by Greg Walcher, E&E Legal Senior Policy Fellow
As Appearing in the Daily Sentinel
Both of my parents have taken time to write their childhood memories in the form of books they can pass along to future generations. As we get older, we tend to become more interested in family history, so genealogy is more popular than ever. Ancestry.com generates over $1 billion a year in revenue.
“Roots” author Alex Haley once said, “In all of us there is a hunger, marrow deep, to know our heritage — to know who we are and where we came from.” Family stories and childhood memories are more than just a desire to know about the past. They teach us what we know, and make us who we are. A friend of mine now working on such a book says memories are the building blocks of character.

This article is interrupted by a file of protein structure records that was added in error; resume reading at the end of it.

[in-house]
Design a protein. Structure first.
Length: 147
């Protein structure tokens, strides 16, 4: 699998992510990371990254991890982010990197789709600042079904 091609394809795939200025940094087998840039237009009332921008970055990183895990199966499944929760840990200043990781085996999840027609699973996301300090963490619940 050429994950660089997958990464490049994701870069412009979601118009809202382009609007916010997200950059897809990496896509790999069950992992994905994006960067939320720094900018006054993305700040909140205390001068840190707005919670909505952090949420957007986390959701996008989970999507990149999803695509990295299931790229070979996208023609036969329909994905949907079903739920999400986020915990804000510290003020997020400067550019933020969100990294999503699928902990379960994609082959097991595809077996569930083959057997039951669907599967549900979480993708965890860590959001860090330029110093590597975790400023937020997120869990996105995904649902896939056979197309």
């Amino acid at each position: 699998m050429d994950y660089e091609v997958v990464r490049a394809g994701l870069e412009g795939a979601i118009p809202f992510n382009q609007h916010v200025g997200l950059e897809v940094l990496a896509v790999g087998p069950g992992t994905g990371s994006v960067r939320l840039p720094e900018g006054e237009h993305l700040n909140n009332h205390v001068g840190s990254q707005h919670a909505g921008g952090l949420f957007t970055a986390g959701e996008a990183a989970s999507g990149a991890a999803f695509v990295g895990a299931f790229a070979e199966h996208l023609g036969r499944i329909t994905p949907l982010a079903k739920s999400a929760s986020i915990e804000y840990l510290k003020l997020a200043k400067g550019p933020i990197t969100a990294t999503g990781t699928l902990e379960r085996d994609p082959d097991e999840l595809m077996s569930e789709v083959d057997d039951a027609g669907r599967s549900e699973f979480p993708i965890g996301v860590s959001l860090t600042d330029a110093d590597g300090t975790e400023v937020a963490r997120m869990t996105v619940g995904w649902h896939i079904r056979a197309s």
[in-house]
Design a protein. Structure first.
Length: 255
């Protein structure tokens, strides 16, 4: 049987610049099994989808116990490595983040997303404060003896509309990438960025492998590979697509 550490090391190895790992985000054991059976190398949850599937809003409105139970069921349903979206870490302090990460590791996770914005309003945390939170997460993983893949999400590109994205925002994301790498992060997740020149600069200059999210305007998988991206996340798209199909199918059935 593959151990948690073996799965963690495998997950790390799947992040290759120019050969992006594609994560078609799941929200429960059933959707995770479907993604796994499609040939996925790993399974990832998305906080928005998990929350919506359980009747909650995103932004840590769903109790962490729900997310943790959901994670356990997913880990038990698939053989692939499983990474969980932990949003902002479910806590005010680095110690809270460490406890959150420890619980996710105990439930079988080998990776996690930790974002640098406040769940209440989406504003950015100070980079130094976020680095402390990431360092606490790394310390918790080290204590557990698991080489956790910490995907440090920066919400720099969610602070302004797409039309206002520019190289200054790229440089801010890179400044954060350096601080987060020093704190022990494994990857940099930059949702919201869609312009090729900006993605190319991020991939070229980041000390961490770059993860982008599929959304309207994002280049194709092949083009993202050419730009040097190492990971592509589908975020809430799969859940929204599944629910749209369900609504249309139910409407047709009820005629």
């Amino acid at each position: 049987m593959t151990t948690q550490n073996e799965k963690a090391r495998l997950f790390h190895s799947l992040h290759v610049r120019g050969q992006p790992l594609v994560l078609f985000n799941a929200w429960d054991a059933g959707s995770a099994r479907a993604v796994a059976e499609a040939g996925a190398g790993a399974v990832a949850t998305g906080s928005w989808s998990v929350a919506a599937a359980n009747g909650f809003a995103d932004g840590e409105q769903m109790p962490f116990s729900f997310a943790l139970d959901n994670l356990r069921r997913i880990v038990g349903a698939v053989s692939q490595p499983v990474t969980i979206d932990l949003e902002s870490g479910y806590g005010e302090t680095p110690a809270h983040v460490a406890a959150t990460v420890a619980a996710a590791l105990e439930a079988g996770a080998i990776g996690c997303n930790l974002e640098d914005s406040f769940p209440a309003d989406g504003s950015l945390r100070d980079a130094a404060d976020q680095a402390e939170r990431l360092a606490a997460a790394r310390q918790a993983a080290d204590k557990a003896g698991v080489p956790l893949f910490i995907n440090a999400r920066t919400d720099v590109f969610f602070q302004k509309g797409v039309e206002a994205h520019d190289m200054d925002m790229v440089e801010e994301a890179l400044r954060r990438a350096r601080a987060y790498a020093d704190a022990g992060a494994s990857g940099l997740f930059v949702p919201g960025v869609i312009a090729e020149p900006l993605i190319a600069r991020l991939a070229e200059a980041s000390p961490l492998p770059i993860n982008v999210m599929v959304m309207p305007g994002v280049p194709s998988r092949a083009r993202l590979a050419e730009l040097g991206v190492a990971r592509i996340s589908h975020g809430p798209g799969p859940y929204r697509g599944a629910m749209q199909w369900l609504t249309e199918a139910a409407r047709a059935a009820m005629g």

That is as true for a community as it is for individuals. As my friend says, we inherit from our parents and other ancestors more than our hair color. We also learn from them our values, understanding of right and wrong, sense of humor, work ethic, religion, ideas of duty and fairness, and so much more. Just so, our communities inherit values and character from earlier generations. A community that loses its memory risks losing its character, as well. This is why learning our history, and passing it along, is so vital.